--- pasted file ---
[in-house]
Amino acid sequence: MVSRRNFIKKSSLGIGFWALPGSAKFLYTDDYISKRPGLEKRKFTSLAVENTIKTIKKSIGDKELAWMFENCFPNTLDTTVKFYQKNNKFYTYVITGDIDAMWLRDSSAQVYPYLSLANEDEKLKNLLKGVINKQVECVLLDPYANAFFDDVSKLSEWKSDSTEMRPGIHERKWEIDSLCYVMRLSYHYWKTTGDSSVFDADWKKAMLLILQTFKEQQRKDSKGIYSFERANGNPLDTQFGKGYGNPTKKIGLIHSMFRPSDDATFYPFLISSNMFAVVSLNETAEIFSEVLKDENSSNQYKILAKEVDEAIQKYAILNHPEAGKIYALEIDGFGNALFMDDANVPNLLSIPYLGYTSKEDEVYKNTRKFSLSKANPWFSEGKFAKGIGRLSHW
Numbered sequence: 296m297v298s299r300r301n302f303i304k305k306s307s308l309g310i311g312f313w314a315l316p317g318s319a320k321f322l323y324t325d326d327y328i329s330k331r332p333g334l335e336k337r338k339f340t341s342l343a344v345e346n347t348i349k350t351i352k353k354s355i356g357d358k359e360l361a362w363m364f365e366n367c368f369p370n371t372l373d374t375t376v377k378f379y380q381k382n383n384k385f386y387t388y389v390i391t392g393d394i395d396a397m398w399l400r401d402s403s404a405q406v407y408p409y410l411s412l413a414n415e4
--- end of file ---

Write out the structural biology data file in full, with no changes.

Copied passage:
[in-house]
Amino acid sequence: MVSRRNFIKKSSLGIGFWALPGSAKFLYTDDYISKRPGLEKRKFTSLAVENTIKTIKKSIGDKELAWMFENCFPNTLDTTVKFYQKNNKFYTYVITGDIDAMWLRDSSAQVYPYLSLANEDEKLKNLLKGVINKQVECVLLDPYANAFFDDVSKLSEWKSDSTEMRPGIHERKWEIDSLCYVMRLSYHYWKTTGDSSVFDADWKKAMLLILQTFKEQQRKDSKGIYSFERANGNPLDTQFGKGYGNPTKKIGLIHSMFRPSDDATFYPFLISSNMFAVVSLNETAEIFSEVLKDENSSNQYKILAKEVDEAIQKYAILNHPEAGKIYALEIDGFGNALFMDDANVPNLLSIPYLGYTSKEDEVYKNTRKFSLSKANPWFSEGKFAKGIGRLSHW
Numbered sequence: 296m297v298s299r300r301n302f303i304k305k306s307s308l309g310i311g312f313w314a315l316p317g318s319a320k321f322l323y324t325d326d327y328i329s330k331r332p333g334l335e336k337r338k339f340t341s342l343a344v345e346n347t348i349k350t351i352k353k354s355i356g357d358k359e360l361a362w363m364f365e366n367c368f369p370n371t372l373d374t375t376v377k378f379y380q381k382n383n384k385f386y387t388y389v390i391t392g393d394i395d396a397m398w399l400r401d402s403s404a405q406v407y408p409y410l411s412l413a414n415e4